Consequences of Brexit for British and Swiss citizens in Switzerland and the UK

Immigration law, Brexit, Consequences, Work permits, Swiss citizen, British citizen

The United Kingdom left the European Union on 31 January 2020. Three years after the decision of the British people to leave the union of states, the orderly EU withdrawal is now final. In a transition period, which for the time being will last until 31 December 2020, negotiations between the EU and the United Kingdom on future contractual agreements are now taking place. This period can be extended for a maximum of two years. Until then, the United Kingdom is treated as an EU member state, and the Agreement on the Free Movement of Persons (AFMP) between Switzerland and the EU will remain in force for the duration of this transition period. Therefore, with respect to the previous residence and immigration regime, the question will arise as to whether and how nationals of both countries can acquire or maintain their rights according to the AFMP.

The UK is of particular importance for the Swiss economy. Around 34,500 Swiss nationals live in the UK and 43,000 British nationals in Switzerland (https://www.eda.admin.ch/dam/dea/de/documents/fs/FS-Brexit_de.pdf). ). The relationship between the two countries has been largely based on bilateral EU agreements alongside the AFMP. In order to maintain, as far as possible, the mutual rights and obligations after the UK's withdrawal from the EU, Switzerland and the UK concluded the citizens' rights agreement back in February 2019. This agreement will continue to guarantee the rights of Swiss and UK citizens acquired under the Agreement on the Free Movement of Persons for the period after the transition period (January 2021 at the earliest), independently of an EU membership. Acquired rights are therefore (i) rights in the area of free movement, (ii) the coordination of social security systems and (iii) the mutual recognition of professional qualifications. Hence, this includes residency with and without employment, family reunion rights and crossborder activities. With regard to the personal scope of the agreement, it should be pointed out that only those who held AFMP rights before expiry of the transition period ("specified date") are covered by the agreement. In this case, UK nationals wishing to immigrate to Switzerland after December 31, 2020, would be subject to the provisions of the Foreign Nationals and Integration Act (FNIA) and would thus also be subject to the existing contingents and high requirements in terms of professional qualifications. A new immigration regime is therefore to be introduced in the near future. The exact arrangement of a respective agreement has not yet been clarified.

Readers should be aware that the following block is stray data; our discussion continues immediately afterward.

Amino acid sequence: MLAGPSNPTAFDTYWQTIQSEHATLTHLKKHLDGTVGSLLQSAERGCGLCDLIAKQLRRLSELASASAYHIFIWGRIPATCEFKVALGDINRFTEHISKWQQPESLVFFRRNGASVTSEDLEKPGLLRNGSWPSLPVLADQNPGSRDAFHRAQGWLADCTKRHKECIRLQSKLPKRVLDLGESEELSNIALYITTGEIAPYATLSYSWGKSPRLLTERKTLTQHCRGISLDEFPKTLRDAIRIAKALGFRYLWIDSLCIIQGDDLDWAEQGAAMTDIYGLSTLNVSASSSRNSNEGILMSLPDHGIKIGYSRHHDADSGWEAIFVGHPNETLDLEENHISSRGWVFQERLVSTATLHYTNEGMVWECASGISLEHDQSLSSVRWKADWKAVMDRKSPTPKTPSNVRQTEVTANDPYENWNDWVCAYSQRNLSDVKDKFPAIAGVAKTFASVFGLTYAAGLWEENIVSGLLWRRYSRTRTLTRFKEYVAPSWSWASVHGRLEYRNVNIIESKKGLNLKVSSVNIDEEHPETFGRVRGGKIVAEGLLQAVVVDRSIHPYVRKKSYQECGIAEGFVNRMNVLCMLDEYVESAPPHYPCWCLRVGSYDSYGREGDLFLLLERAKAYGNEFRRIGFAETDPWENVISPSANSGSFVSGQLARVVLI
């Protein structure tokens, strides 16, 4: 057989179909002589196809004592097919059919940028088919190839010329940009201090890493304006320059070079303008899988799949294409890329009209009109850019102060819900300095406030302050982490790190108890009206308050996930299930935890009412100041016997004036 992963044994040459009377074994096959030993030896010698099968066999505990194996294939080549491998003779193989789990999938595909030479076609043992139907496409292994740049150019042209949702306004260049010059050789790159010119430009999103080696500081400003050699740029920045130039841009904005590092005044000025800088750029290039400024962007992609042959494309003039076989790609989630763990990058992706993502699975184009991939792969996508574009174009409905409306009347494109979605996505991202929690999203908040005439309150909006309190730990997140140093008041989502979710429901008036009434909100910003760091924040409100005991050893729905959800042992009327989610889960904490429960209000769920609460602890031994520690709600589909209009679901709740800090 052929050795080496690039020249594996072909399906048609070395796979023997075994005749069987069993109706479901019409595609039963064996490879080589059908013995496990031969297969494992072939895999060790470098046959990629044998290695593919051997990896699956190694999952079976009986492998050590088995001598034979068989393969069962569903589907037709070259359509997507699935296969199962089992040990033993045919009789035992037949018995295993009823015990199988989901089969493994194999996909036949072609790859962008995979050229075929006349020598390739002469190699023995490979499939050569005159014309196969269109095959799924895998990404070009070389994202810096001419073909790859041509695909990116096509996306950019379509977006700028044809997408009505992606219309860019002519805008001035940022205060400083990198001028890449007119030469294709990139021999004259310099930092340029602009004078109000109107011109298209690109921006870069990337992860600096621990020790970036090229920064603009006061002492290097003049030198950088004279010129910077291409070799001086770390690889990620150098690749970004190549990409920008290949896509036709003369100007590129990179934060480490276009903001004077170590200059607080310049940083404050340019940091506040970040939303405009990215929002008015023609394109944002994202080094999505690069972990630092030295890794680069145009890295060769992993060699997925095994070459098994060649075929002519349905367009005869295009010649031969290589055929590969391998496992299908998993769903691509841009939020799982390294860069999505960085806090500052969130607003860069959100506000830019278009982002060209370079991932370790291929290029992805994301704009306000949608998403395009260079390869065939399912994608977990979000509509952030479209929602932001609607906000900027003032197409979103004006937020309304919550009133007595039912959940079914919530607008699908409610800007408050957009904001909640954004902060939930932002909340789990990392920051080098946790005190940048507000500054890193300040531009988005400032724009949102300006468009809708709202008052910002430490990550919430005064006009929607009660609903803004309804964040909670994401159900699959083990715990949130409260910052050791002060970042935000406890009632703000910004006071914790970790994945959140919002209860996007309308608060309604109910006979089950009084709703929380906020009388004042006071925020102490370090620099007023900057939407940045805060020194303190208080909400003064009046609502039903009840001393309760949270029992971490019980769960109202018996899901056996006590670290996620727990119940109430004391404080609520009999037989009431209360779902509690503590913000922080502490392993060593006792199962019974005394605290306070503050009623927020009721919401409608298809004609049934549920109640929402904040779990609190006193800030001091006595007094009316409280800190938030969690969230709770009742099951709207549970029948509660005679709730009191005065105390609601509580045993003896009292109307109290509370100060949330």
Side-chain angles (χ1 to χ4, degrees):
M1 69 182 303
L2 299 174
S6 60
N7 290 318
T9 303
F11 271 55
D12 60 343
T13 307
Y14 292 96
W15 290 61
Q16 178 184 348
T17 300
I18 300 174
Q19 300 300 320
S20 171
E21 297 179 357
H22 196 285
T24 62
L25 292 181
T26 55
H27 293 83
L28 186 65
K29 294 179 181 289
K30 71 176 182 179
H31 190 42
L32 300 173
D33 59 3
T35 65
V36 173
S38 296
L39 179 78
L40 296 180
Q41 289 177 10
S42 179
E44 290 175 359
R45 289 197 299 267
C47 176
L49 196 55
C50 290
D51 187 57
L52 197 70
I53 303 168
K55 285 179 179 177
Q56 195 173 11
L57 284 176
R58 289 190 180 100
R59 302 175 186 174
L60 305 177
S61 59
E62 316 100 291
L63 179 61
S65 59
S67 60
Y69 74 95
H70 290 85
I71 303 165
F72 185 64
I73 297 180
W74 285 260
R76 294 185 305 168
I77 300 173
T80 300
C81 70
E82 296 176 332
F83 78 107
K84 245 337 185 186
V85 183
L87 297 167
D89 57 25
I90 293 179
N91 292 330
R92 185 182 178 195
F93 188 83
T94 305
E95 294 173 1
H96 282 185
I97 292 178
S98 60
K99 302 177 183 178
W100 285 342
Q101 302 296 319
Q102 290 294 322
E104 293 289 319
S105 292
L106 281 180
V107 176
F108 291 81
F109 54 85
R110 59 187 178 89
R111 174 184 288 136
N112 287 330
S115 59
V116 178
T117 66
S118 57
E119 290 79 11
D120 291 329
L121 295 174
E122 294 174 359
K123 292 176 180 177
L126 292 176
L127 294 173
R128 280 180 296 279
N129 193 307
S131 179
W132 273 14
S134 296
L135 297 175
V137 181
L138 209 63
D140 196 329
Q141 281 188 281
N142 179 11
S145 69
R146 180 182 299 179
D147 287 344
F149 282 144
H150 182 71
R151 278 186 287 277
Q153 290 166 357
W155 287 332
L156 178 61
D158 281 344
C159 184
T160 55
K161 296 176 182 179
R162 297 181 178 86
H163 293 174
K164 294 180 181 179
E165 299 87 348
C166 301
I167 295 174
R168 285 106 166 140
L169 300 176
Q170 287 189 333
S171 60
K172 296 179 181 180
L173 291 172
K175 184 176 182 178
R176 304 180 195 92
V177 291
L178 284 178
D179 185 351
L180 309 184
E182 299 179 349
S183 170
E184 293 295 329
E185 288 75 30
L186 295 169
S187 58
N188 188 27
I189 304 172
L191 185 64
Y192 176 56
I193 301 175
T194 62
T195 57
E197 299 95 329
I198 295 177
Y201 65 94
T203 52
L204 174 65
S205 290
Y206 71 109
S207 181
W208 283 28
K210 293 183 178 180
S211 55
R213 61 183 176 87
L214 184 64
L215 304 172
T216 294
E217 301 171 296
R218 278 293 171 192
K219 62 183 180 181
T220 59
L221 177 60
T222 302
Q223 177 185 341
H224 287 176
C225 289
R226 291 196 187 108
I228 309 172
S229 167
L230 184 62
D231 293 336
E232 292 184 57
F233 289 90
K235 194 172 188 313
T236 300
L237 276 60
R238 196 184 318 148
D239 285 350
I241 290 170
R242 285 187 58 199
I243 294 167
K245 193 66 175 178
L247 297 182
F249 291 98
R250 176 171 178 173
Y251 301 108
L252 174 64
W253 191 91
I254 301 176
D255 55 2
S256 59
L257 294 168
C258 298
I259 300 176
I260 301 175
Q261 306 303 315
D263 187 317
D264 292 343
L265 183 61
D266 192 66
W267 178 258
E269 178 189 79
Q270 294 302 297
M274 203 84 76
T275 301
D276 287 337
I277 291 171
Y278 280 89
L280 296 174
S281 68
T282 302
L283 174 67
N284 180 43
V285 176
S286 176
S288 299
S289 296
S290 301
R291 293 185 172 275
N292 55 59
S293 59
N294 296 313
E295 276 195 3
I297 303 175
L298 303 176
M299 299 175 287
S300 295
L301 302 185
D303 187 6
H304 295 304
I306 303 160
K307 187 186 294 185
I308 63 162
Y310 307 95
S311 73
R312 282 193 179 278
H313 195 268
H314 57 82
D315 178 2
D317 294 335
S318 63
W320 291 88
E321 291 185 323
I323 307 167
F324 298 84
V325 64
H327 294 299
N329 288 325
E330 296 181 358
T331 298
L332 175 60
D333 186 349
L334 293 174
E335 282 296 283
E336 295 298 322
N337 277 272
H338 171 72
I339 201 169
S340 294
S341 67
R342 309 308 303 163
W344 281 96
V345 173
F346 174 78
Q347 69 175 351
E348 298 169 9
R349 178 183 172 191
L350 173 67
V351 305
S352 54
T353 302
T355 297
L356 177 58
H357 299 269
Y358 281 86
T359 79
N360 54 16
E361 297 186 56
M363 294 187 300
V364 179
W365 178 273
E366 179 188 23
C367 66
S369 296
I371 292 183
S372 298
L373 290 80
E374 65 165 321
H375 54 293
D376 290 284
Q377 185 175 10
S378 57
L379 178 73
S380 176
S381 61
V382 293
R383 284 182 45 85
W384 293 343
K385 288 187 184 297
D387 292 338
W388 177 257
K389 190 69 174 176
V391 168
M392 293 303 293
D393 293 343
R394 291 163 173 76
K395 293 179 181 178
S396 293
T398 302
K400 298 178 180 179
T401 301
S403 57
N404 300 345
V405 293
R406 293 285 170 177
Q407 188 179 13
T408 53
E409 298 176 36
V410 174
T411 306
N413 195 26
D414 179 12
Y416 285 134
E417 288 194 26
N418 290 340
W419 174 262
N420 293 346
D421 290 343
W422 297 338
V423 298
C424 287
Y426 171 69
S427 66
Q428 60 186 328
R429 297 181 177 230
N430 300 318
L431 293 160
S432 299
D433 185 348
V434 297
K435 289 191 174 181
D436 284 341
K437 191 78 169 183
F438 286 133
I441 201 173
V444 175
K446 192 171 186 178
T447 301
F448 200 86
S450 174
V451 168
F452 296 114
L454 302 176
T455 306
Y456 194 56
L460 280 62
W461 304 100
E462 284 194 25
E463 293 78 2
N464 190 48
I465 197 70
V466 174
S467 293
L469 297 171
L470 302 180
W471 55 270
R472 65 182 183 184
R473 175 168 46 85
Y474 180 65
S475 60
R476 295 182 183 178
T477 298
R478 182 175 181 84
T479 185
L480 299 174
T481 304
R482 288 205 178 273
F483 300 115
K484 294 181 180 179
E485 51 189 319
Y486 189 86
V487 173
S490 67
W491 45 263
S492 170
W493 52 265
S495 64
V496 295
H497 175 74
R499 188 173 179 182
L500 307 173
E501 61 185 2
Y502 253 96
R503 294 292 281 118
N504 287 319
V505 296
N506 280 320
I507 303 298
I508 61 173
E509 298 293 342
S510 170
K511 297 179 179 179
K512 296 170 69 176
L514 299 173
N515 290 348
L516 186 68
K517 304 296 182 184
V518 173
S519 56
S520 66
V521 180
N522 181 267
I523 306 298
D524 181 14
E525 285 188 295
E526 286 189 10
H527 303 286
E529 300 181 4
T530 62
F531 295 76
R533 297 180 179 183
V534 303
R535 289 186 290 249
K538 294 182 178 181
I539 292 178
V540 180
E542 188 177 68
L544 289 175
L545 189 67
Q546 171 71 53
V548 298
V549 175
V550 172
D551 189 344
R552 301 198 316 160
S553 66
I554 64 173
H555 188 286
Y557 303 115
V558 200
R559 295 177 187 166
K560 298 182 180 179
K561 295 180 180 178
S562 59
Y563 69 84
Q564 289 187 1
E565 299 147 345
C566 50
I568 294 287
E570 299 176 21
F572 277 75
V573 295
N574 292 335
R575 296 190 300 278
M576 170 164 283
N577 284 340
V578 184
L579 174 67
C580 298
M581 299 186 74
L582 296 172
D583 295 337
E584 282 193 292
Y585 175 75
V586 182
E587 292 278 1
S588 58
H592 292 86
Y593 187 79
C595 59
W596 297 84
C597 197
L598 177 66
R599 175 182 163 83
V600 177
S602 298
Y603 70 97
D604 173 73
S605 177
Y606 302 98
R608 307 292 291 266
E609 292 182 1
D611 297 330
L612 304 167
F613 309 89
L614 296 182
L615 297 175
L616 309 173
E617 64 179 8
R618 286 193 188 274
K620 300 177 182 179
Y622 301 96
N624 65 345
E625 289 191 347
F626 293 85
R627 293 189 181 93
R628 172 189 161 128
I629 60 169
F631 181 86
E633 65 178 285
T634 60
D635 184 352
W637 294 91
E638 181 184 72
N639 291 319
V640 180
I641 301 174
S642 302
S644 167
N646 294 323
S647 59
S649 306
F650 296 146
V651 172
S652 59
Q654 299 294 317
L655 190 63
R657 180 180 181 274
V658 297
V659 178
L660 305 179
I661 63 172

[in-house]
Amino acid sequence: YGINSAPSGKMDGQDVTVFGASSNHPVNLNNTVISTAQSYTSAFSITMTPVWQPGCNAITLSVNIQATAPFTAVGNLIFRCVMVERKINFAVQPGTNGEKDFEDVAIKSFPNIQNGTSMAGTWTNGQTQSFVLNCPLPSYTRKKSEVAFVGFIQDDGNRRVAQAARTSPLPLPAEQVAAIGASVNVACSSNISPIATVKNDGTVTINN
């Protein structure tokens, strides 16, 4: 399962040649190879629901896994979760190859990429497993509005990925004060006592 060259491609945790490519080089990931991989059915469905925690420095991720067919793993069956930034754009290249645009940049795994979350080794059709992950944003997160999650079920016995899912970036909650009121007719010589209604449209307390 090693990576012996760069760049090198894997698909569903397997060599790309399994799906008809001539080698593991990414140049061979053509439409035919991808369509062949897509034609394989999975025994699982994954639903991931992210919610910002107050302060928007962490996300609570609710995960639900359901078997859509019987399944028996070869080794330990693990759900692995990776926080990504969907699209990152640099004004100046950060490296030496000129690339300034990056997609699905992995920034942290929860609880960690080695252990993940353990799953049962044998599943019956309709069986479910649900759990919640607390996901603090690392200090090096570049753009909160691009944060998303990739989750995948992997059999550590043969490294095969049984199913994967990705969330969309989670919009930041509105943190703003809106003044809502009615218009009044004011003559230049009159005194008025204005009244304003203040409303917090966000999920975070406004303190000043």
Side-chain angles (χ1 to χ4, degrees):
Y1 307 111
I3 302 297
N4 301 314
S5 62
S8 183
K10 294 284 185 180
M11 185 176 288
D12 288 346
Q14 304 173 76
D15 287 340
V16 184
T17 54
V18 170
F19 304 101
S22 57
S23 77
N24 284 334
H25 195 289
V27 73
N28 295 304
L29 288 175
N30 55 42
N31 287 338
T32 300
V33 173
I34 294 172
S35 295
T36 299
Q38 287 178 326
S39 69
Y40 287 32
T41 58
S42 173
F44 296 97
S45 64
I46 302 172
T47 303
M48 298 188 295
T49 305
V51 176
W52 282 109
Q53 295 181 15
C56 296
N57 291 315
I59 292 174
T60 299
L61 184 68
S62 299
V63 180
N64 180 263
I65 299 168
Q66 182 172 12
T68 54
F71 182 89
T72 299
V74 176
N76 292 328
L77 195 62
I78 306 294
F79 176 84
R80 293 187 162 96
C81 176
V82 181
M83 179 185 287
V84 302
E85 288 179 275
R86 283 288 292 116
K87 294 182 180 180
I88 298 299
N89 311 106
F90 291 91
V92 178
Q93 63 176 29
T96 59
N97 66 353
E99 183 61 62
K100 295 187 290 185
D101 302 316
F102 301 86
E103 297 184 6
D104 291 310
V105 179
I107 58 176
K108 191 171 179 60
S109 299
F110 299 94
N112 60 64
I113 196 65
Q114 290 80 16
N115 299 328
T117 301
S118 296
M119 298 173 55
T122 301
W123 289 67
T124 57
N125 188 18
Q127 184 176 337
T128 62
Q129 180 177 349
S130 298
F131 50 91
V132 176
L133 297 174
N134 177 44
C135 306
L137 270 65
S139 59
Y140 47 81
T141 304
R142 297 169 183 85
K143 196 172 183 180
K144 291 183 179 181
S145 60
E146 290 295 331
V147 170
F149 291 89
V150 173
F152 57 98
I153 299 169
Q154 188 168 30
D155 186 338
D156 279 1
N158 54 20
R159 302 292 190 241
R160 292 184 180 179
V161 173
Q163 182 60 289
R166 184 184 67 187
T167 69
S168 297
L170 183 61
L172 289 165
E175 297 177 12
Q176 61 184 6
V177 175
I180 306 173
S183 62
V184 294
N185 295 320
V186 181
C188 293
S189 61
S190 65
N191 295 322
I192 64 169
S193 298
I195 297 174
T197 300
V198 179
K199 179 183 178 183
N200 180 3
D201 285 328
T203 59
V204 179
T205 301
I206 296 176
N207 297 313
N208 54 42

If you have any questions regarding the residence and immigration regime relating to Brexit, please do not hesitate to contact MME's Employment and Immigration Law Team.

February 2020 | Authors: Michèle Stutz, Romina Lauper

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